Wall Street Breakfast: Must-Know News

by: SA Editor Yigal Grayeff
SA Editor Yigal Grayeff
Seeking Alpha's flagship daily business news summary, gives you a rapid overview of the day's key financial news. It is published before 7:00 AM ET every market day and delivered to over 900,000 email subscribers.

  • Markets quake as Japan faces nuclear crisis. Markets in Japan and across the world extended their losses on Tuesday as a third explosion hit the Fukushima Daiichi nuclear complex. The Nikkei 225 fell as much as 14% before closing -10.6% at 8,605.15 while the broader Topix index ended -9.5%. The falls came as The Tokyo Electric Power battled to avert a nuclear catastrophe at Fukushima, with "minute levels" of radiation detected as far away as Tokyo. In efforts to stabilize markets, the Bank of Japan added ¥20 trillion ($245B) of short-term liquidity to the record ¥15 trillion it pumped in yesterday. The yen was generally steady against the dollar despite some fluctuations but shares in several sectors suffered heavy losses, including in major vehicle manufacturers such as Toyota (NYSE:TM), Honda (NYSE:HMC), Nissan (OTCPK:NSANY), Mitsubishi and Isuzu, which halted production after the quake. Hong Kong's Hang Seng ended -3.8%, while the FTSE 100, the DAX and the CAC 40 fell in morning trading in Europe (see details below), and U.S. futures are down heavily too (benchmark S&P -2.7%). Oil fell as well, as did gold and other metals, although chip prices extended the large gains they made on Monday.
  • GE sinks on Japan's nuclear crisis. After falling 2% yesterday, shares of General Electric (NYSE:GE) are down another 8.2% premarket (7:00 ET). The main concern is apparently GE's potential liability related to the explosions at Japan's nuclear power plant, as GE designed all six of the Fukushima Daiichi plant's reactors. However, Barclays believes "GE’s liability for the issues in Japan as a supplier are contractually zero,” and nuclear power represents just 3% of GE sales. Both of these factors prompted some analysts to call yesterday's more mild sell-off of GE 'excessive,' which potentially makes today's heavy drop a buying opportunity.
  • Auditor, CFO jump ship from halted CCME. China MediaExpress (OTCPK:CCME), the advertising firm whose stock has been on a trading halt since early Friday, announced yesterday afternoon that its auditor, Deloitte Touche Tohmatsu, had severed ties with the company. CCME also said that CFO Jacky Lam had resigned and that the company will delay its annual statements. Shortly afterwards, Nasdaq said it was changing the company's halt status from "material news pending" to "additional information requested," and that the stock will remain halted until that request is satisfied. Prior to the halt, CCME's stock had lost 48% in six weeks, and the company has been the subject of allegations that it misled investors by inflating sales and profit figures. (More: Stocks to watch in the wake of the CCME scandal)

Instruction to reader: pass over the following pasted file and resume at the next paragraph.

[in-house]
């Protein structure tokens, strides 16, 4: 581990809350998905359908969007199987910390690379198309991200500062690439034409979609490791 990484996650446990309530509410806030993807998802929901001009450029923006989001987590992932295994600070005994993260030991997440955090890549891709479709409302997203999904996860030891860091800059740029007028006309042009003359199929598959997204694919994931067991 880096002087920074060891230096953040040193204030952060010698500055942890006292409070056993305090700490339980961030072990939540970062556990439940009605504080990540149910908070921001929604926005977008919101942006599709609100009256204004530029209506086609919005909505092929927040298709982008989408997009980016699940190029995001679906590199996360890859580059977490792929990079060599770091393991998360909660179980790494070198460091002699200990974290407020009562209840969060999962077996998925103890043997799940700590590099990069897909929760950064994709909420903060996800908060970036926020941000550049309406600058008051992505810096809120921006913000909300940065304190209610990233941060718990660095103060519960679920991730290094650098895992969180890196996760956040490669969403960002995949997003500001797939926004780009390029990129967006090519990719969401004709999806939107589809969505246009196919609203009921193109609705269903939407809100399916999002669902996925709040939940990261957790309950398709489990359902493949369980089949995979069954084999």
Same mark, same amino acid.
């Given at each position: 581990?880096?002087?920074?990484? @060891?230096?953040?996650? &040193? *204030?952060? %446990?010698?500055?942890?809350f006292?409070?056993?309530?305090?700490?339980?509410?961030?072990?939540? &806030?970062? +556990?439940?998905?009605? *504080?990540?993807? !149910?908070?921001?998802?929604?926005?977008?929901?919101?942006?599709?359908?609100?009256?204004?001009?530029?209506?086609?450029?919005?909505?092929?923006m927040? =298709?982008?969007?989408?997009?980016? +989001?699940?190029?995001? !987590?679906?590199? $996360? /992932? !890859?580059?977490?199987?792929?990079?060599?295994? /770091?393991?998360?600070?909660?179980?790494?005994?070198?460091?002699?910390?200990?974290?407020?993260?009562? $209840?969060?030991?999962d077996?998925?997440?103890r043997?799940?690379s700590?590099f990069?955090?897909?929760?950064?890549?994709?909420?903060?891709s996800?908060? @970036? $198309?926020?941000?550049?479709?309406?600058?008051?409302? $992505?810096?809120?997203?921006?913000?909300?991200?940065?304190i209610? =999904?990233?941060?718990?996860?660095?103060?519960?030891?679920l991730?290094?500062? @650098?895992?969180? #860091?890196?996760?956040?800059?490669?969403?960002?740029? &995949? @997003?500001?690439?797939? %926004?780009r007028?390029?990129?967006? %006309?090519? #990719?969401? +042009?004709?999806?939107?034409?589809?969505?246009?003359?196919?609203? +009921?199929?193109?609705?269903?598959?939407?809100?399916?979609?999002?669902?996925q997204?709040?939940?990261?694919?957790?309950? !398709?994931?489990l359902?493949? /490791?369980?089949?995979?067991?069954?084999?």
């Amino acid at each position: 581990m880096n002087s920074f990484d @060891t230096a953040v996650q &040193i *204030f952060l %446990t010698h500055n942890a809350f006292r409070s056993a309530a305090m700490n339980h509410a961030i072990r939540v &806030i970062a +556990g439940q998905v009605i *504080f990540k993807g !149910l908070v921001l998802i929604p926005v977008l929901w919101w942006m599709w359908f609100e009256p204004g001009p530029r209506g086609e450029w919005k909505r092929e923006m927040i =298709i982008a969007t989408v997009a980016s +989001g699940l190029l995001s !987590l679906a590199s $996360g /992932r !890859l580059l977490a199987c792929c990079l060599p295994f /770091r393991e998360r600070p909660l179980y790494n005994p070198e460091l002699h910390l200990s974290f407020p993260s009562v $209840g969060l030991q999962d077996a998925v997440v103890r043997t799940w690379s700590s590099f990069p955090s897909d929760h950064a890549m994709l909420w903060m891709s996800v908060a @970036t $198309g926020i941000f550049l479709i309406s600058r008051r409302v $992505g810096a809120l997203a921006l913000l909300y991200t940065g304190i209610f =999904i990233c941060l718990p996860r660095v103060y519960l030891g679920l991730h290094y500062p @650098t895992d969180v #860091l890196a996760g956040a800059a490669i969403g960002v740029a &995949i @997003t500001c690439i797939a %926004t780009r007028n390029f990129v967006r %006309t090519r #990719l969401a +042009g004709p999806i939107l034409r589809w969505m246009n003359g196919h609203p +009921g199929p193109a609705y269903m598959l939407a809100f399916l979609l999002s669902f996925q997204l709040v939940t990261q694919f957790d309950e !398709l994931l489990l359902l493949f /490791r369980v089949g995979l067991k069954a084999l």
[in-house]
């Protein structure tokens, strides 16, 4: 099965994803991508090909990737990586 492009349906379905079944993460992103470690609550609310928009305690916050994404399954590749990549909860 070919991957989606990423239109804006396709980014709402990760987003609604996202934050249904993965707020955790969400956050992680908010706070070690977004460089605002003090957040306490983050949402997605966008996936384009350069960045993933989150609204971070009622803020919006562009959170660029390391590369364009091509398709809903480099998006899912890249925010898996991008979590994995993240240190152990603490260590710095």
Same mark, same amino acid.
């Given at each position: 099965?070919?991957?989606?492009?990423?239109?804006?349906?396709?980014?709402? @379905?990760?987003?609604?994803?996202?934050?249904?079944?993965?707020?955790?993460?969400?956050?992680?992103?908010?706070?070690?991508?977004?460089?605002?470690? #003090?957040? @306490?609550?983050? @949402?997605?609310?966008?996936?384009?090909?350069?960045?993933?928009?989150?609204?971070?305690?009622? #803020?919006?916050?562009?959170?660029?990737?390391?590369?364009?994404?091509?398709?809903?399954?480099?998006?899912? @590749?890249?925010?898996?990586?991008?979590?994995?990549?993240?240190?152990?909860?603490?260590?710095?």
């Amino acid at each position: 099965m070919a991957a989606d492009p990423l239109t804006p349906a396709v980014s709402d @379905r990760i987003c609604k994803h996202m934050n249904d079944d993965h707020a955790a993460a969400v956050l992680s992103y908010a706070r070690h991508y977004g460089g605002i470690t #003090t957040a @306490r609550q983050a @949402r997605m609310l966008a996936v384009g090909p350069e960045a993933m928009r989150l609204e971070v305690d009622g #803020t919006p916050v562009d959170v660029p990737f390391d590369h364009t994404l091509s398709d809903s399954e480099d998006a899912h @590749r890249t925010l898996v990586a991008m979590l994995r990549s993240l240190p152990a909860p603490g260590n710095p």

• Gaddafi gains momentum, Saudi Arabia intervenes in Bahrain. The Libyan airforce has attacked rebels in the town of Ajdabiya, just 100 miles from the opposition capital of Benghazi, as Muammar Gaddafi moves closer to regaining full control of the country. His forces have now recaptured the oil port of Ras Lanuf, the nearby town of Bin Jawad and the western city of Zawiyah. Elsewhere, Saudi Arabian troops moved into Bahrain after a request from the kingdom to help quell a popular uprising. In Oman, protesters are pressing for political and labor changes despite a string of concessions from Sultan Qaboos bin Said, who has ruled for 40 years. While the Japan earthquake is affecting oil prices, "the Middle Eastern events are still the most important thing for the crude market,” says an economist at National Australia Bank. Crude futures -2.8% to $98.38 (7:00 ET).
  • Red-faced Renault admits espionage error. In an embarrassing end to Renault's (OTC:RNSDF) high-profile espionage drama, CEO Carlos Ghosn gave up his bonus and apologized to three senior managers the company had fired after wrongfully accusing them of espionage, and retracted the company's espionage claims. COO Patrick Pelata offered to resign over the scandal, but Ghosn refused the offer, saying he "didn't want to add a crisis to a crisis." Yesterday's apology followed comments from Paris' state prosecutor that the espionage allegations may have been fraudulent. In Paris, Renault -4.4% (6:45 ET).